Kai Mailänder I Jacob Juhl
Since the dawn of man we have sought to answer fundamental questions - Why are we here? Who made us? What are we made of? We have used science, philosophy and religion to try to obtain answers from nature, to uncover the great masterplan, God’s plan, or to discover the building blocks of everything. Early man looked up at the night sky wondering what all the little shining dots were, just as scientists today search for the Higgs particle - to understand the world around us, but also to be able to manipulate nature, to create and become the Creator.
There have been many instances in history where scientists have tried to combine science and mysticism in an attempt to find the key to fully understand everything in nature. In their exhibition Juhl and Mailänder have used the golden ratio and the accompanying mathematics and mysticism as a starting point for our creative proces.
Kai Mailänder (*1984 Ludwigsburg)
Kai Mailänder works with different images from the past, often black-and-white images from old books from the 30’s to the 80’s, combining them with typographic elements, text fragments, images, colourfulness and cutouts from contemporary magazines. Thusly collages, paintings and drawings are generated. Thereby the former page numbers serve as an alleged assistance - a signpost to put everything in order.
Fragmented images of landscapes and nature appear in the works, drawn by folding or marked by traces of colours. Here the folds and geometric elements suggest the human intervention in the natural system.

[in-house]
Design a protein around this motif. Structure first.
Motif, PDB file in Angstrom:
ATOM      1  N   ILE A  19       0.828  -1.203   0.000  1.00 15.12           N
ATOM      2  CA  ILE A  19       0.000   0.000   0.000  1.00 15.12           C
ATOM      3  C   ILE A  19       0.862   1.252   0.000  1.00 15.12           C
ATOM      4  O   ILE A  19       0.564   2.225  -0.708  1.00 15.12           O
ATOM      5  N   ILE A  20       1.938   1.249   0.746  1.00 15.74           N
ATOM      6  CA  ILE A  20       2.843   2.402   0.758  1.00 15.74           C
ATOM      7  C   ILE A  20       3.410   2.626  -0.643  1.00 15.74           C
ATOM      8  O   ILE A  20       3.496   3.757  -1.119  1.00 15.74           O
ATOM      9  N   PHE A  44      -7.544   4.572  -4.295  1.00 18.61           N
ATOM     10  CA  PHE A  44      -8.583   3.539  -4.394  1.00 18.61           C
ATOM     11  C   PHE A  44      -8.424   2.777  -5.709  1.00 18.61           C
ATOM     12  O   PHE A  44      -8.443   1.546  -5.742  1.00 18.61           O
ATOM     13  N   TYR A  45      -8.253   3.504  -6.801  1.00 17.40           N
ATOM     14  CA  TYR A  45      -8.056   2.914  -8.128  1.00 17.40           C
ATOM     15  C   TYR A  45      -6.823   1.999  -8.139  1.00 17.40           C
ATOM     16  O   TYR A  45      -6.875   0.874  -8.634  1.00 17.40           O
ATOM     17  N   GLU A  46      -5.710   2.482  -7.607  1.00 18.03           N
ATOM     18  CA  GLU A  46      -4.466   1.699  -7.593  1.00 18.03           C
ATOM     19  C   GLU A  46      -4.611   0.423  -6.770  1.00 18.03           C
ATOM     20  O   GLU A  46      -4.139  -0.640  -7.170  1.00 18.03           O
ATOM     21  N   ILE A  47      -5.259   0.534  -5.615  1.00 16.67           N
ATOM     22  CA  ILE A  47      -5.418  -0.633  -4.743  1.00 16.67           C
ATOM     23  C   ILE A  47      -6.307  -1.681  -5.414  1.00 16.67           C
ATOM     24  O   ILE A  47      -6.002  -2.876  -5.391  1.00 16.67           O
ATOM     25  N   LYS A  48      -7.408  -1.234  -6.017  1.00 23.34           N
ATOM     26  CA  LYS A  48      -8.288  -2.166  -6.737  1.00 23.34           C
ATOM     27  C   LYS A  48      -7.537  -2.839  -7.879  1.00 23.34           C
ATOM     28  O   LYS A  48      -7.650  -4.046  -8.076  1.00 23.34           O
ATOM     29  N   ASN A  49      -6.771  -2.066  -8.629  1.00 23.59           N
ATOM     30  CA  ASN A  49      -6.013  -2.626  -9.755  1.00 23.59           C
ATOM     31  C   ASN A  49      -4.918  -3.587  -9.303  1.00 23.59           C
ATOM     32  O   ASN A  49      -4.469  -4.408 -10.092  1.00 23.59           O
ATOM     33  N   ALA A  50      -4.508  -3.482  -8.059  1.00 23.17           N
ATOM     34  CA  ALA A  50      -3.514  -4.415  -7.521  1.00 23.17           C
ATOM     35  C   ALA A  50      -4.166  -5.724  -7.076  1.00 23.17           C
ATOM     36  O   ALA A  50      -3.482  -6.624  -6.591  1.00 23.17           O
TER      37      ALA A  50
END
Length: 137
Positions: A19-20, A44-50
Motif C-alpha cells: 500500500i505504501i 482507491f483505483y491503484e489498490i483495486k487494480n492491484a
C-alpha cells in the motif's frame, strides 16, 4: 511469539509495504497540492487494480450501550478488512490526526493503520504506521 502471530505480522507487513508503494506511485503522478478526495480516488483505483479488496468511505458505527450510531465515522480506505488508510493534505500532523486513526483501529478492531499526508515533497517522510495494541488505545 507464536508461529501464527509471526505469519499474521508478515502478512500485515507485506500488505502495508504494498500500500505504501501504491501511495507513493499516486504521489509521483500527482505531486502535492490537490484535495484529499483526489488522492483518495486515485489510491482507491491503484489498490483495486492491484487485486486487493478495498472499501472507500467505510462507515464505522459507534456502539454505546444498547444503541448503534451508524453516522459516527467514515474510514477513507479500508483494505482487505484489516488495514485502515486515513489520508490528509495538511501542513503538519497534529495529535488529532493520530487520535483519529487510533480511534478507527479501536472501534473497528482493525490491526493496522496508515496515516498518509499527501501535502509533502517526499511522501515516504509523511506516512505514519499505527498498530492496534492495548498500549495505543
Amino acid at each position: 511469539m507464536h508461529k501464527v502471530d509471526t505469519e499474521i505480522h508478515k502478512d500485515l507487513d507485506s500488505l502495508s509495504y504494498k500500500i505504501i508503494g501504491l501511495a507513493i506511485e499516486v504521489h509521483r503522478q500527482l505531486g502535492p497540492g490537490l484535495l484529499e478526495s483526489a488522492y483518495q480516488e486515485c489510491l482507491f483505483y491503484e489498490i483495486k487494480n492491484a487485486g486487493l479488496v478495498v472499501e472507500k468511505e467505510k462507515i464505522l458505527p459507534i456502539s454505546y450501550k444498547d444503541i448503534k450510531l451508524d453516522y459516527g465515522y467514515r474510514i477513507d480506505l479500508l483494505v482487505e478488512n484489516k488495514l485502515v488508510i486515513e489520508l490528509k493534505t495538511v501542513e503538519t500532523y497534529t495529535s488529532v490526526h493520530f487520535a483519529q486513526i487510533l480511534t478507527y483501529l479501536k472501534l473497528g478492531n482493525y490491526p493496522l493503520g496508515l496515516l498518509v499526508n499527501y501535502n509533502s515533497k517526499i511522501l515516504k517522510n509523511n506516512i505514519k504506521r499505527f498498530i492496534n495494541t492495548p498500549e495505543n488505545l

Fragmentary is popping up the landscape in Mailänders pieces characterized by folded edges or by traces of colour.
Working with different sizes and depths of the picture frames and with an experimental presentation form, where all of the many artworks are arranged on the wall, like a big collage, Kai Mailänder aims to combine the different results of the process relating to this theme and showing the connection to each other in this exhibition.
Jacob Juhl (* 1973 Dänemark)
Jacob Juhl set out to create a set of strict rules whereby all artworks for the exhibition would be created, and wanted these rules to be rooted in the Fibonacci sequence and the golden ratio.
The original Fibonacci sequence has been used and misused in numerous ways over the years and so, by adding the number 1, Jacob Juhl has created a new and original reference point, and at the same time he maintains all of the golden properties of the original sequence. The extra “+1” can also be seen as an error in the system, or as the unexplicable, the things we will never be able to understand when we have exhausted our scientific approach to nature. The numbers of the new sequence are used throughout the exhibition to determine size and placement of artworks.
All photographs taken for the exhibition depict an angle of 108 degrees, which is the size of each angle in the pentagon, also depicted in two artworks. This angle has been placed in a very specific place in the picture plane to intersect with several golden lines and intersections, and so that the photographs also have intersecting lines between them, when seen together. The titles of all Juhl’s artworks in the exhibition also follow mathematical rules, as they all contain exactly 26 characters - 26 being the number of characters in the english language, a container for anything written or spoken. 26 also happens to appear in the “Fibonacci + 1” sequence, and so twentysix becomes a junction between the verbal, mathematical and visual languages.
|Opening||24.01.2015, 06:00 - 09:00 pm|
|Exhibition||24.01.2015 - 28.02.2015|
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